“Everybody’s pickin’ up on that feline beat.” That was Floyd Huddleston and Al Rinker’s thinking in 1970 when they wrote the line in their hit song Everybody Wants to Be a Cat for Disney’s animation hit The Aristocats. And 20 years later, Stockard Channing raised an eyebrow at the idea that absolutely everybody wanted this state of affairs when she exclaimed: “Someone is directing a film of Cats?”
Technically speaking, it wasn’t precisely her question since the line came from playwright John Guare, who gave Channing’s character Ouisa the line in his 1990 play (then film) Six Degrees of Separation.
Guare’s young con artist Paul (played in London by Adrian Lester and on screen by Will Smith) inveigles his way into Channing’s household claiming to be the son of screen legend Sidney Poitier who’s about to make a movie of Lloyd Webber’s blockbuster, originally produced by Cameron Mackintosh.
“He’s going to use people,” reveals Paul, to general astonishment. Paul then warms to his theme. “They thought of lots of ways to go. Animation. But he found a better way. As a matter of fact, he turned it down first. He went to tell the producers – as a courtesy – all the reasons why you couldn’t make a movie of Cats and in going through all the reasons why you couldn’t make a movie of Cats, he suddenly saw how you could make a movie of Cats.”
Similar thoughts must have been crossing Lloyd Webber’s mind for decades, not least when he saw the $441,809,777 box-office gross for the screen version of Mackintosh’s other stage sensation Les Misérables. And, at the end of last week, as Twitter and the rest of the known world discovered when the trailer dropped, life has imitated Guare’s art. To the delight of Working Title, flushed with the success of their Les Mis movie, and Spielberg’s Amblin Entertainment, at the first sight of the clip, Twitter didn’t so much light up as burst into flame. Unfortunately, flames burn.
Now, we all know the term “confirmation bias”, don’t we? That thing where we view new evidence through the prism of our already made-up mind? I mention it because it’s that which has largely determined the cascade of responses to the trailer.
The musical’s most ardent fans have leaped to their (two) feet to cheer the star casting and four-footed transformation of Judi Dench purring as TS Eliot’s Old Deuteronomy, maniacal James Corden as Bustopher Jones, Ian McKellen looking on benevolently as Gus, the Theatre Cat, and so on.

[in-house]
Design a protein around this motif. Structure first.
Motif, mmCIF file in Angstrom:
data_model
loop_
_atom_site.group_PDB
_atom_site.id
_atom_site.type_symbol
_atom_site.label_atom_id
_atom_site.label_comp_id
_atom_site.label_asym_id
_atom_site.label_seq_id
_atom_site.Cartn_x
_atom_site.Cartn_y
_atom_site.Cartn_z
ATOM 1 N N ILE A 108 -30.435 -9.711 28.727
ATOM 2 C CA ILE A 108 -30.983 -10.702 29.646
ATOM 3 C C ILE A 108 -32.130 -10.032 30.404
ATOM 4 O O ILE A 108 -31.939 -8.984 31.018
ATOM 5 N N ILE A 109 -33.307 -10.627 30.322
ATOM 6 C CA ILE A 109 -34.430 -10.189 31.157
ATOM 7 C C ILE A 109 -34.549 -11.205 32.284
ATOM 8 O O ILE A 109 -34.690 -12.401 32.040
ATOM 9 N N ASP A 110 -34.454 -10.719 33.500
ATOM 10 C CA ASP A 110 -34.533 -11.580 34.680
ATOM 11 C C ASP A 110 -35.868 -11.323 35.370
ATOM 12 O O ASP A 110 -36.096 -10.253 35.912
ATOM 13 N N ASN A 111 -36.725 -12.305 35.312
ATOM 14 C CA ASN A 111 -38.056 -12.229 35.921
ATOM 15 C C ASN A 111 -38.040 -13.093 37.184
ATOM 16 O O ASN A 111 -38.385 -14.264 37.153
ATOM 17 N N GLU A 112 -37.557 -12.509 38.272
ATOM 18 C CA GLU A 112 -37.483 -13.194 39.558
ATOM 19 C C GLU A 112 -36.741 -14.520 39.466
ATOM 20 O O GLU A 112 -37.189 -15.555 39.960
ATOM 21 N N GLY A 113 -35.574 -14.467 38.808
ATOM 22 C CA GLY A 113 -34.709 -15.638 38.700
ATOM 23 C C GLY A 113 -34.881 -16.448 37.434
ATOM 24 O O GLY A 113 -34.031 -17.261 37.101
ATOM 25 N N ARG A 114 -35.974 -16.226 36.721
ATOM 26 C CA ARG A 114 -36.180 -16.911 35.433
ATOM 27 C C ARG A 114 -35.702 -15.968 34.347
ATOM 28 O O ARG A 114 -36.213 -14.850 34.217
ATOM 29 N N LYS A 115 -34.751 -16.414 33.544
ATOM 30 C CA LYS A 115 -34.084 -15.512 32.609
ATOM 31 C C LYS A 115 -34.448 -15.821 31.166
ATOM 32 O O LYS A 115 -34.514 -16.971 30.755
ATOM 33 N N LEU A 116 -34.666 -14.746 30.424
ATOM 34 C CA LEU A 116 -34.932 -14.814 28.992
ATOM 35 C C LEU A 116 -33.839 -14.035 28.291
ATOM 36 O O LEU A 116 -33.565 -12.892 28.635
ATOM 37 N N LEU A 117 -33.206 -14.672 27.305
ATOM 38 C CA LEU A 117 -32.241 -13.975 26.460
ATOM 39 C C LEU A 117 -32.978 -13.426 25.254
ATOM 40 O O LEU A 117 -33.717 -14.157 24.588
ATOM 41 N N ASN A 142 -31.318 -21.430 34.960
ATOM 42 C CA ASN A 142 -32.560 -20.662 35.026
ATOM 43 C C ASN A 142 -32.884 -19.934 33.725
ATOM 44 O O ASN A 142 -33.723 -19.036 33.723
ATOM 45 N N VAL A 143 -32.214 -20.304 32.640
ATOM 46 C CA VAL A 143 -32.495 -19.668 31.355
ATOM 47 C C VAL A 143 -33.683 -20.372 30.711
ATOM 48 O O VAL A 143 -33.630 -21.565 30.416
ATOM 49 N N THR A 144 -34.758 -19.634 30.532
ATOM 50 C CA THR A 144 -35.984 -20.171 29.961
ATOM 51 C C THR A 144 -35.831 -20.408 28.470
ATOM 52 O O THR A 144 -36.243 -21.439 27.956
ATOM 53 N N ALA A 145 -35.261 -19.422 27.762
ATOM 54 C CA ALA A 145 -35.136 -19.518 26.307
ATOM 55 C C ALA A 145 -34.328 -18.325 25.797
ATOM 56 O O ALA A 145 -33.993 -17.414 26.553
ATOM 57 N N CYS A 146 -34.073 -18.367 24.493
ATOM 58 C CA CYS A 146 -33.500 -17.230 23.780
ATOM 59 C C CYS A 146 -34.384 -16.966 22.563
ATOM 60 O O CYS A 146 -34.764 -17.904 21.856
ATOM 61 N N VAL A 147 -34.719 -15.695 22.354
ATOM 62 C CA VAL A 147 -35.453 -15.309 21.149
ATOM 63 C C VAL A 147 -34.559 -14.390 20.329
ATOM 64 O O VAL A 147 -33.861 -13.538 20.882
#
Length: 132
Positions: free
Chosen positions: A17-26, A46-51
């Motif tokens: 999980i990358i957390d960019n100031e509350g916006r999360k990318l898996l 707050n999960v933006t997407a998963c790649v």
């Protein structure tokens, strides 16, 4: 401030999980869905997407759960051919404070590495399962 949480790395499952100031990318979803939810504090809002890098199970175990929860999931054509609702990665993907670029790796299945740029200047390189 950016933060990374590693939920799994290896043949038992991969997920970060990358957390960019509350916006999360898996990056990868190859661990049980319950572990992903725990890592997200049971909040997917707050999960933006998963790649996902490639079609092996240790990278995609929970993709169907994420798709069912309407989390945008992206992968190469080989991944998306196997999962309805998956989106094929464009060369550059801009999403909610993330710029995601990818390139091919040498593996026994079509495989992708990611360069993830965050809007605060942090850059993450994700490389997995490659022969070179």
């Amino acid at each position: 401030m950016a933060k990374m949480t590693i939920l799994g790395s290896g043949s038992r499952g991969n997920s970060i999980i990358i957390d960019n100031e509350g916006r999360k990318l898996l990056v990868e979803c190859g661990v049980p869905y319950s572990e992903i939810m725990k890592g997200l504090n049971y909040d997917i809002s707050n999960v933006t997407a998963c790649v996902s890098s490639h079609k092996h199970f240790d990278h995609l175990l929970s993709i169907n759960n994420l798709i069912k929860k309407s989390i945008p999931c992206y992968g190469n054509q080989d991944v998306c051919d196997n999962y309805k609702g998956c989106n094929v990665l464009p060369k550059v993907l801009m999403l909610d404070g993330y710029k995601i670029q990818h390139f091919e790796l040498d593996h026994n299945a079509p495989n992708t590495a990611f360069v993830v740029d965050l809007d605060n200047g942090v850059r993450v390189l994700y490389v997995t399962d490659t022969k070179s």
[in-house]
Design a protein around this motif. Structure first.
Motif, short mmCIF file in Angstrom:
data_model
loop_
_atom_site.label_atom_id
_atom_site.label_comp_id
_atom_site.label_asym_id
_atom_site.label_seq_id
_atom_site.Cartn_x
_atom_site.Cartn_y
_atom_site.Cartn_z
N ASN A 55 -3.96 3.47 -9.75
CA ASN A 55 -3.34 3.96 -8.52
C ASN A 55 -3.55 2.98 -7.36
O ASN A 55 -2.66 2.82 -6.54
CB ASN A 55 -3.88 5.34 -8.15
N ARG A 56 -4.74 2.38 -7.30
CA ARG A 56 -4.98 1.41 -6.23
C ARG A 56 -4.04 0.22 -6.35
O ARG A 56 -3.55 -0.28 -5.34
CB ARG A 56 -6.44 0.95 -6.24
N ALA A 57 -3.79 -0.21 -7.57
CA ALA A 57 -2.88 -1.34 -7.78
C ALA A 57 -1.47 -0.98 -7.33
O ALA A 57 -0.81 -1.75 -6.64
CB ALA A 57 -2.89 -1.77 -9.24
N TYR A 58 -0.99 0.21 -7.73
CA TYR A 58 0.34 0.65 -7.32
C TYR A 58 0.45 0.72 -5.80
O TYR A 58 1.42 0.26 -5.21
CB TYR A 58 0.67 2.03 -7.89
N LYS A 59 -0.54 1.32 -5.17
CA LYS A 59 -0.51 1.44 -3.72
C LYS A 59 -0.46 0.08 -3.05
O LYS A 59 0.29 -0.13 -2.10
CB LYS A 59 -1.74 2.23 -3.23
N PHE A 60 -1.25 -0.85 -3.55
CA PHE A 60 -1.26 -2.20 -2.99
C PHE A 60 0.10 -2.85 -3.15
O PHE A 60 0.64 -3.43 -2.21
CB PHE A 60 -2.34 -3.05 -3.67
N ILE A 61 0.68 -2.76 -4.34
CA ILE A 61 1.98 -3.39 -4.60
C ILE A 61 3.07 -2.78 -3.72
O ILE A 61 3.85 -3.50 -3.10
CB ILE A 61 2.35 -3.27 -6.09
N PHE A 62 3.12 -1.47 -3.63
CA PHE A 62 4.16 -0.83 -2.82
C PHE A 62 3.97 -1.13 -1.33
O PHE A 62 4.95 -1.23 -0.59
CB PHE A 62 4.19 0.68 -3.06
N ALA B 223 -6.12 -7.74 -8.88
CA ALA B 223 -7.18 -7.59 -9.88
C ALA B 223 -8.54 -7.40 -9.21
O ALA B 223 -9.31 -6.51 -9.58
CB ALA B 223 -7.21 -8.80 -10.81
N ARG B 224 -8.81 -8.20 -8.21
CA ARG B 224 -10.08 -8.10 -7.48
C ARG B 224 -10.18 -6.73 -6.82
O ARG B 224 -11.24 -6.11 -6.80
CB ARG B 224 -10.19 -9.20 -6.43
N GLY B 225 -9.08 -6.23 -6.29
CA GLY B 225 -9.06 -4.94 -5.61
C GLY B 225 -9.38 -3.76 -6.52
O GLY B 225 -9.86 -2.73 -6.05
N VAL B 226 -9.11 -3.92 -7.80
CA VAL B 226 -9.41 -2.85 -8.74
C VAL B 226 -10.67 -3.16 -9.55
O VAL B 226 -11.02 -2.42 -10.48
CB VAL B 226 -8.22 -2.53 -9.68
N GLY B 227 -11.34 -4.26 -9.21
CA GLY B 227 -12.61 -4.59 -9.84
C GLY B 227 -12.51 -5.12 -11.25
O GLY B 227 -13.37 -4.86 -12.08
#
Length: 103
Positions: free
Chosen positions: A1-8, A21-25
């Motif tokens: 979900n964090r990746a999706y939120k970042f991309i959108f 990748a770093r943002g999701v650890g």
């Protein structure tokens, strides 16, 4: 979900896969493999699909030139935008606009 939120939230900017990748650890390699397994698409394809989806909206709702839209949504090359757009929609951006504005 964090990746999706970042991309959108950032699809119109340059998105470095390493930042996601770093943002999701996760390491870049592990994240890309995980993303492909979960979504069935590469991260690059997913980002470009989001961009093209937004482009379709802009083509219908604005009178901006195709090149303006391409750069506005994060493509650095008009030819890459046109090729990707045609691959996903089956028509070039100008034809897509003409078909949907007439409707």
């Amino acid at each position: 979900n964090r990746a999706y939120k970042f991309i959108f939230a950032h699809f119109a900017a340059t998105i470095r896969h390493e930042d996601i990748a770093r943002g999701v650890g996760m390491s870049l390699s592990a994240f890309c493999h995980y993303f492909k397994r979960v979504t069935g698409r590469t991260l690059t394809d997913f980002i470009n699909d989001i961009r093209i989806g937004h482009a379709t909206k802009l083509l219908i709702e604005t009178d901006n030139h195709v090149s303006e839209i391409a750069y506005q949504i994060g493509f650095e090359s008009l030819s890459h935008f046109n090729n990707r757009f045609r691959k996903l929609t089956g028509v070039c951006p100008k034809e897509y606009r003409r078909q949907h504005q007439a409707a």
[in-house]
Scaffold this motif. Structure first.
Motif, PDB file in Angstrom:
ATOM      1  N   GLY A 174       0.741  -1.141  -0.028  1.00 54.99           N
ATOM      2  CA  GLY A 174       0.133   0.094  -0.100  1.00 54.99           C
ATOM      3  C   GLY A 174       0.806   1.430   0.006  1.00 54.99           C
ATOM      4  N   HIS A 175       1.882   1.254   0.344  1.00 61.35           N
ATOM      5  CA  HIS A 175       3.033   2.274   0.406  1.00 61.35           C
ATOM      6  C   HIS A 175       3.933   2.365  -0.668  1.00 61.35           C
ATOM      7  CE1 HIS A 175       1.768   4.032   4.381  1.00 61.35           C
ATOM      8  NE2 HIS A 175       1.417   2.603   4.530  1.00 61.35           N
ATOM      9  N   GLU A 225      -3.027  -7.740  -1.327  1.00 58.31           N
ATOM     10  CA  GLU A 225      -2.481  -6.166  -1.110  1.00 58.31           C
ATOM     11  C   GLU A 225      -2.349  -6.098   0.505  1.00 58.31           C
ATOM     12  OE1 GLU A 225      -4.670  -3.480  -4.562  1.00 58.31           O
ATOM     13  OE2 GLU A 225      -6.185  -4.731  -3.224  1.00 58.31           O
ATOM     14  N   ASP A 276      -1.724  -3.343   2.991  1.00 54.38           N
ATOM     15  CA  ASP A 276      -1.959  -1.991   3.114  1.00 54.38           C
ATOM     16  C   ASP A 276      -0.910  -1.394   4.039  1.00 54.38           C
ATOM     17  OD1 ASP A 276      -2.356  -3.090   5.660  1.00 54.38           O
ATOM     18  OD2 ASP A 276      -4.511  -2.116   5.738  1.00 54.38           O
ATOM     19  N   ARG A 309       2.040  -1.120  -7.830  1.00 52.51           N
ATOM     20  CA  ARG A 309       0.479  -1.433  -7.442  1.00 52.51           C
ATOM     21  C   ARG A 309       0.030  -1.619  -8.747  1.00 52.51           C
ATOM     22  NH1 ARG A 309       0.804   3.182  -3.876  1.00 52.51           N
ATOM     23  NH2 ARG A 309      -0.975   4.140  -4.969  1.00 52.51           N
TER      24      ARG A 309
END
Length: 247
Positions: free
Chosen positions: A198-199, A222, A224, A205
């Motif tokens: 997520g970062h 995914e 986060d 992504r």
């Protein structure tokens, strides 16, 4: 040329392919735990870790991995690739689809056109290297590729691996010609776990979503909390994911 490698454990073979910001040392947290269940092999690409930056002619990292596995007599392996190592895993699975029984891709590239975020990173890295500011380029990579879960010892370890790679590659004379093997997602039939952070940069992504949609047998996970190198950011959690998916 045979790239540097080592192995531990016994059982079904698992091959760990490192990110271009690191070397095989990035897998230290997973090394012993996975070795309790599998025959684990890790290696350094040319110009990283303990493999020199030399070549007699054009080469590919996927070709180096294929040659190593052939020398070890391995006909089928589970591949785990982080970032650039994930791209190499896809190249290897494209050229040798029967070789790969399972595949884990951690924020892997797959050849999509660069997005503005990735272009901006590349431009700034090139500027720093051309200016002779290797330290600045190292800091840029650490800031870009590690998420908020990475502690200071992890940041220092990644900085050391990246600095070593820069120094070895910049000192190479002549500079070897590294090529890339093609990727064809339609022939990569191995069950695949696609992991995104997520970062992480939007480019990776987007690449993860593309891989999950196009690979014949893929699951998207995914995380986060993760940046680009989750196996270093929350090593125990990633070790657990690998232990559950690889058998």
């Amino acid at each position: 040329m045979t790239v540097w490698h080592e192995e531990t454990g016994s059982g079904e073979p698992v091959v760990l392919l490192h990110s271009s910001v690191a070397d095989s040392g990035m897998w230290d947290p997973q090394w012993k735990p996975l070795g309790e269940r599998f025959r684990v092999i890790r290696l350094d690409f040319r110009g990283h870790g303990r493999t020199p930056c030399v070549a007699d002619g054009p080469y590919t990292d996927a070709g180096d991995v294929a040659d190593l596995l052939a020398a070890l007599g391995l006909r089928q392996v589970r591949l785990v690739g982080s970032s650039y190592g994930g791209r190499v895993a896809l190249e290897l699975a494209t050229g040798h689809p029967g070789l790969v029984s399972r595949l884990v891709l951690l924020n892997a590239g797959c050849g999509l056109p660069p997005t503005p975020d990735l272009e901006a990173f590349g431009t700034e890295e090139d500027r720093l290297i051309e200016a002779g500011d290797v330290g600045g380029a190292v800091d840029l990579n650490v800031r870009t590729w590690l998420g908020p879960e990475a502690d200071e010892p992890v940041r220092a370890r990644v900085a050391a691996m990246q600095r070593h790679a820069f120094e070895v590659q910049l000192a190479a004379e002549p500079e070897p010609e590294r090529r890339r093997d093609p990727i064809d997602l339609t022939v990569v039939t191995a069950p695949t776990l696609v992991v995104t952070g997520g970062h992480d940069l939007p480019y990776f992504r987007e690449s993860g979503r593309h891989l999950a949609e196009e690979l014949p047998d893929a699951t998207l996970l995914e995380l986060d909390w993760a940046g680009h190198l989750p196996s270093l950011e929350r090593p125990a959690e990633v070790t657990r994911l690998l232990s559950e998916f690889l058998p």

The rest of us, meanwhile, have looked on in a state pitched precariously between stupefaction and horror. Or, as one actor considered for the movie remarked upon seeing it: “Never in my entire life have I been so relieved to have been turned down for a job.”
In a similar way to those less than whelmed by the just-opened CGI, reality-style The Lion King remake (only much more so), people are flummoxed by the confusion between real-life celebrity faces and the CGI-fur and life-of-their-own cat-tails.
Alongside the expected snorts of derision from the wearisome “all musicals are beneath me” brigade is a series of questions.
Why, they ask – not unfairly – do the female cats’ bodies have human-style breasts? Why does the scale keep changing: one minute, the cats appear huge; the next, they’re smaller than a knife and fork.
Why is Taylor Swift’s cat wearing so-called character shoes (usually a sign of having no character whatsoever)? And why is Judi Dench’s cat wearing a fur coat… made of what, a late friend of hers?
Amusing though the howling outrage has been, much of it is misses the point, which has either been lost en route to production or wholly misunderstood from the start: theatre, with rare exceptions, almost always arrives dead on screen because, although both forms share actors and dialogue, in almost every other respect they are entirely different.
Theatre is metaphorical, film is literal. In the theatre, watching Trevor Nunn’s actors in John Napier’s costumes moving to Gillian Lynne’s feline choreography, audiences knew perfectly well they weren’t watching real cats, but happily agreed to suspend disbelief. Not for nothing is theatre called make-believe.
But film never makes that imaginative demand of the audience. Faced with the footage’s realism, its sets and locations, you simply think: why are these humans pretending to be ugly-looking cats? Worse still, unlike theatre, film relies on close-up. Having the (in)human pretence thus magnified makes it a creepily bizarre experience.
Gone is theatrical suggestion, only to be replaced by faux reality and, in every sense, fake fur. The final credit of the trailer cries, in golden capital letters: “YOU WILL BELIEVE”. On the strength of the response so far, that’s proving to be a very big ask.